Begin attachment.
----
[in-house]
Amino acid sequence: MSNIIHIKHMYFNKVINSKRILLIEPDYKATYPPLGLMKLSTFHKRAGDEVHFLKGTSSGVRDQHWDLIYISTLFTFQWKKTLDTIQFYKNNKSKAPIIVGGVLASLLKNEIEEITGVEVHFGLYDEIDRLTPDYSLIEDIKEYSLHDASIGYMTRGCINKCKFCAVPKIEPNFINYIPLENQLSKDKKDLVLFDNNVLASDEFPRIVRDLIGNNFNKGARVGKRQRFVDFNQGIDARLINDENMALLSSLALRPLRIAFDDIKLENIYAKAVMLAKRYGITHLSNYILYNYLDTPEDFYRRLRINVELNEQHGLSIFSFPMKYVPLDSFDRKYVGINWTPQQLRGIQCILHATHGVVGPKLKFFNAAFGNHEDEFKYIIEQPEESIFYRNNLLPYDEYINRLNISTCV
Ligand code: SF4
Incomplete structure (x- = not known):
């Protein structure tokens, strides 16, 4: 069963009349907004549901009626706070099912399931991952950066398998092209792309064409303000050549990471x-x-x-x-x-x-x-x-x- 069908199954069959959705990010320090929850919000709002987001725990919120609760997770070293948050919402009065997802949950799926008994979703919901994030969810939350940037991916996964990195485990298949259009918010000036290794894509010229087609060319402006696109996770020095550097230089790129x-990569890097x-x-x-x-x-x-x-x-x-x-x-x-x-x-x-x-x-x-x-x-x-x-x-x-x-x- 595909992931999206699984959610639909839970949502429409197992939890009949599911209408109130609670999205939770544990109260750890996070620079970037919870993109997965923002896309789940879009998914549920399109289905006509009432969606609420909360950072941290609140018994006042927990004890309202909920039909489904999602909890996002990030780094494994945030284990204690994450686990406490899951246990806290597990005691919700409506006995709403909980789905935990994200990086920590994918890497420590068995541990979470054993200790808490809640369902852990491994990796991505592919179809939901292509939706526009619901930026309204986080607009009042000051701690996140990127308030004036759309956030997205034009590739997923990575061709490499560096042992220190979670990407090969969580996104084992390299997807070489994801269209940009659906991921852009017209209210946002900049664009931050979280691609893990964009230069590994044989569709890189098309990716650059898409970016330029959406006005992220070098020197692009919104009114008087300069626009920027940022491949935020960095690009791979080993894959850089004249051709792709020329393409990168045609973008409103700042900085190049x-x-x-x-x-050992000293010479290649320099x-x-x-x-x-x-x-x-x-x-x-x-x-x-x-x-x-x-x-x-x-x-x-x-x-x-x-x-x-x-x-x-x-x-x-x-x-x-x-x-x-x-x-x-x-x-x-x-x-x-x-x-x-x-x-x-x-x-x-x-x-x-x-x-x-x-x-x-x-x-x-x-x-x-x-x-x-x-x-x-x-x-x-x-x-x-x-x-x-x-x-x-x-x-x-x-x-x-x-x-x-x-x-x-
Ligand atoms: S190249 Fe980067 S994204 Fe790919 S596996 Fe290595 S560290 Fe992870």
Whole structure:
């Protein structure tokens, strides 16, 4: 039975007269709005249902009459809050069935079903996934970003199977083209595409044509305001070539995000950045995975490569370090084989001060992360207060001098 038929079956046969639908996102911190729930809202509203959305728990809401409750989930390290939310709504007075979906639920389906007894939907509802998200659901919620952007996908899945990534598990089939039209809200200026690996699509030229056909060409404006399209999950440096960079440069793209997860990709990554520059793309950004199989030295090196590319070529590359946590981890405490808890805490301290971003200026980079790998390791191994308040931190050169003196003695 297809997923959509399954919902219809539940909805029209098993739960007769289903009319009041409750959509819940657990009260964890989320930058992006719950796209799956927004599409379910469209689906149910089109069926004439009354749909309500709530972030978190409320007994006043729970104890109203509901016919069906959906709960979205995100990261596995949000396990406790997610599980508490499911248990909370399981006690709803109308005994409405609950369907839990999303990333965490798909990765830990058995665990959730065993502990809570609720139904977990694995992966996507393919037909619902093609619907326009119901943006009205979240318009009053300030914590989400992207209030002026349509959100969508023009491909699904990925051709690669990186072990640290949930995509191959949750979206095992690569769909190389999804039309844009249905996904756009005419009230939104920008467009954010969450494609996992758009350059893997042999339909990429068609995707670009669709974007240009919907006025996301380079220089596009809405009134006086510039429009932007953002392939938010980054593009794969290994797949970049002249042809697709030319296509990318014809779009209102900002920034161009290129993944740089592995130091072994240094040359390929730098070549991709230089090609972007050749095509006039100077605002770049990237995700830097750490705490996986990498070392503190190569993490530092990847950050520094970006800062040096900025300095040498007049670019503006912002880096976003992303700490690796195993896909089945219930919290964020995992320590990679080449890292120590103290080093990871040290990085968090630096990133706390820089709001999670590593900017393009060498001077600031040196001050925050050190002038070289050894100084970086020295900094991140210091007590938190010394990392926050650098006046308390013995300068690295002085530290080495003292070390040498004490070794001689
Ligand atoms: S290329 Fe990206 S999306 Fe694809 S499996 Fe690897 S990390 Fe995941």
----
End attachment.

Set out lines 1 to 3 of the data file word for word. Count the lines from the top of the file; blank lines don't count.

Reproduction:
[in-house]
Amino acid sequence: MSNIIHIKHMYFNKVINSKRILLIEPDYKATYPPLGLMKLSTFHKRAGDEVHFLKGTSSGVRDQHWDLIYISTLFTFQWKKTLDTIQFYKNNKSKAPIIVGGVLASLLKNEIEEITGVEVHFGLYDEIDRLTPDYSLIEDIKEYSLHDASIGYMTRGCINKCKFCAVPKIEPNFINYIPLENQLSKDKKDLVLFDNNVLASDEFPRIVRDLIGNNFNKGARVGKRQRFVDFNQGIDARLINDENMALLSSLALRPLRIAFDDIKLENIYAKAVMLAKRYGITHLSNYILYNYLDTPEDFYRRLRINVELNEQHGLSIFSFPMKYVPLDSFDRKYVGINWTPQQLRGIQCILHATHGVVGPKLKFFNAAFGNHEDEFKYIIEQPEESIFYRNNLLPYDEYINRLNISTCV
Ligand code: SF4